Rare is the book that with verve, clarity, enthusiasm, and authority establishes the claim that a thinker demands reappraisal and even celebration.
Of course, everyone wants better relations with China.
There is a widespread conceit that, because Australian Jewry is largely economically successful, the Australian Labor Party (ALP) can write them off as unlikely supporters of progressive candidates in elections. This is egregious nonsense — for at least four reasons.
Tom McDonald was a building union leader and building industry reformer, superannuation pioneer, pro-Moscow communist turned “broad left” warrior, and celebrated elder of the Australian labour movement.
This thoughtful, well-researched, yet sometimes frustratingly opinionated book, The Party, covers the history of the Communist Party of Australia (CPA) from 1940 to 1970.
Anyone who thrived in the Bear Pit of the NSW Parliament, where the finer points of civil debating etiquette are not rigorously followed, is bound to be colourful in argumentation. Which brings me to Bob Carr’s polemical article ‘Is criticism of Israeli settlement policy anti-Semitic? Israeli nationalists insist it is’ (Pearls and Irritations, June 6).
A community as diverse, educated, and dynamic as Australian Jewry is bound to have a variety of opinions and outlooks.
This 73-page booklet by David Clune, one of a series commissioned and edited by Scott Prasser for the Connor Court Australian political biographical monographs, provides an excellent overview of the life of Sir William McKell KC KSG (1891-1985; NSW Labor Leader, 1939-47; Premier of NSW, 1941-47; Governor-General of Australia, 1947-53) who in 1939 inherited the leadership of a party in total disarray and then fashioned a winning combination and style known ever since as the McKell Model.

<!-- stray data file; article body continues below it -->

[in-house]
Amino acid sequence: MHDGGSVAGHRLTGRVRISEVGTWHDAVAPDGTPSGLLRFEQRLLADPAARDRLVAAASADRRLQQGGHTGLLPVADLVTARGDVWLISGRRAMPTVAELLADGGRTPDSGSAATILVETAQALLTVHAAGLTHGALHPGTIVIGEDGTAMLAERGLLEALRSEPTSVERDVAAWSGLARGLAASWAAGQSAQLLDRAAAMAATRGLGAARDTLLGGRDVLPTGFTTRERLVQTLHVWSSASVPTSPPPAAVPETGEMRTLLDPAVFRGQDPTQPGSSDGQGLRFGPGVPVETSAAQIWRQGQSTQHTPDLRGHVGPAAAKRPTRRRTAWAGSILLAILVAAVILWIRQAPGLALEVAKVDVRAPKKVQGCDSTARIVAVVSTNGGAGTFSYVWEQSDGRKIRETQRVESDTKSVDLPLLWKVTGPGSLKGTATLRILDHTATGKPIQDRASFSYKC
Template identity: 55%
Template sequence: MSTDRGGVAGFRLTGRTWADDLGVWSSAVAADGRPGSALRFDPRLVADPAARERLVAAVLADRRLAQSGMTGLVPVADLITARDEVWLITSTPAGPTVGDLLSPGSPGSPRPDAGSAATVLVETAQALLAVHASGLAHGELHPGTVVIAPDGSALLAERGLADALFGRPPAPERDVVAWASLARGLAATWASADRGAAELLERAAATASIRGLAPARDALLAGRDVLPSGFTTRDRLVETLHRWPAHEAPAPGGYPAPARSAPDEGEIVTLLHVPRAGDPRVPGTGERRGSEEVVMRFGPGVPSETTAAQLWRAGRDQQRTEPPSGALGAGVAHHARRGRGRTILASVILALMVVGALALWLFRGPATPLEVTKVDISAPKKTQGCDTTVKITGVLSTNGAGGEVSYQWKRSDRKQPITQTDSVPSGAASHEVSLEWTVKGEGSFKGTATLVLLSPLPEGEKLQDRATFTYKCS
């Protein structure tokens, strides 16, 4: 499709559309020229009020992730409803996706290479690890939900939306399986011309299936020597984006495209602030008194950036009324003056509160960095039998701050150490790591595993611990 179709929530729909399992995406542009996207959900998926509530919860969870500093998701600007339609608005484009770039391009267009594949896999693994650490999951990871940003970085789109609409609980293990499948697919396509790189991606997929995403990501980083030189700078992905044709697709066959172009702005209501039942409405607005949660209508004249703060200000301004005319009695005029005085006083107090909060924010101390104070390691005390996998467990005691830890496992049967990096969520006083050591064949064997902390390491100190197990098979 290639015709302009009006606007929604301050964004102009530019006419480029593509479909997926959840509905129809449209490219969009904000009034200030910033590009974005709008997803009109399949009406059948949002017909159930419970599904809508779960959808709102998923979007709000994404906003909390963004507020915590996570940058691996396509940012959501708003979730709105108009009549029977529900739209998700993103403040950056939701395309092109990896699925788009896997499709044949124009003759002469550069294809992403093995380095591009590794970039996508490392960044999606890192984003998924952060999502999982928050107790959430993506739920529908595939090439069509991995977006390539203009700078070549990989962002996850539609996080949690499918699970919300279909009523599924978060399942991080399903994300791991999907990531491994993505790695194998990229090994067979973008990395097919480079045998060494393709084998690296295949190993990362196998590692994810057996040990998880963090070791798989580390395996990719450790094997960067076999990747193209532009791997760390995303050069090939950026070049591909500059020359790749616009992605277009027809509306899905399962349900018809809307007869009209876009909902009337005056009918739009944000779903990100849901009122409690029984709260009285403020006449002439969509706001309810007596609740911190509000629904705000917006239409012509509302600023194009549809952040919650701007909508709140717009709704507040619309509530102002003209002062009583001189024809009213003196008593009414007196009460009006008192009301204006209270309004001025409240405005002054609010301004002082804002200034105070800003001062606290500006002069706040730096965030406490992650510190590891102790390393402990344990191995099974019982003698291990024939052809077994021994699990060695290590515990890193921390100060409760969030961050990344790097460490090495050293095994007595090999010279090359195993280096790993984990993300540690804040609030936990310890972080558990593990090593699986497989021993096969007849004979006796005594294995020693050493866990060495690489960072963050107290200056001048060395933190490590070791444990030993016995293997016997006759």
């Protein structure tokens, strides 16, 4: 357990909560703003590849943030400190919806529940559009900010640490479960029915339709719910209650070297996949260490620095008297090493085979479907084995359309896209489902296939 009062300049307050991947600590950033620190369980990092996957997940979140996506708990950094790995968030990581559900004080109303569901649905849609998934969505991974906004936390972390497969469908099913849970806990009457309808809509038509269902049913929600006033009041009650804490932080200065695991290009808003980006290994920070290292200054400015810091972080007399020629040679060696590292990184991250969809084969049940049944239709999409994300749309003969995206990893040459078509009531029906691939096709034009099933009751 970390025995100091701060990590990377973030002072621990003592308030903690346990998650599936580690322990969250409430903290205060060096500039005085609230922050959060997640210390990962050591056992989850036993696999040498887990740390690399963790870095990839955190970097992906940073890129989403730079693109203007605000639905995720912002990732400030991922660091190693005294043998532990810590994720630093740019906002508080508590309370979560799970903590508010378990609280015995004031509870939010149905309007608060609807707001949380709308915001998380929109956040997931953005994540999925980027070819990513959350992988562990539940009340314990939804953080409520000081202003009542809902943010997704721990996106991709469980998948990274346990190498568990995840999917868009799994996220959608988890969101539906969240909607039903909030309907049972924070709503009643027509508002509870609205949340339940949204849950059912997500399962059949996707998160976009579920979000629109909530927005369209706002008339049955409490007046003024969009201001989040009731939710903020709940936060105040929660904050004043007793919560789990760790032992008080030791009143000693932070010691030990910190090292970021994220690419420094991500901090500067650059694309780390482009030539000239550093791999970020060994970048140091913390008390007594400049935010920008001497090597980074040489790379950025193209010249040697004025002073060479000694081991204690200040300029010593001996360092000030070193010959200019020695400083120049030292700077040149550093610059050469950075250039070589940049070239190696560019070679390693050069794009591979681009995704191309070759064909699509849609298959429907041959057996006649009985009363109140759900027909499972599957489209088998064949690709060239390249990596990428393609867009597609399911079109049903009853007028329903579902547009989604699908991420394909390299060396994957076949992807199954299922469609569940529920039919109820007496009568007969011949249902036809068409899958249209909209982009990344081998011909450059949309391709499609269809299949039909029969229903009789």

When Labor’s 2030 climate change policy, Powering Australia, was released early last December, relief by Labor supporters followed a fresh reckoning for the author – one of the ablest in Labor’s ranks, Chris Bowen, Shadow Minister for Climate Change and Energy and Member for McMahon in Sydney’s west. In Australian politics, never has “McMahon” been linked to clever policy development.
16 July 1931 – 13 March 2022
Peter McMahon, champion of garbologists – as he proudly said, local government union leader, NSW Upper House Labor politician, industrial tribunal member, historian, and community activist, had many significant achievements, including improving the lives of hundreds of thousands of employees, and recruiting Paul Keating to work as a young research officer for the Municipal Employees’ Union (MEU) before the budding politician propelled himself, aged 25, into the Federal parliament in 1969.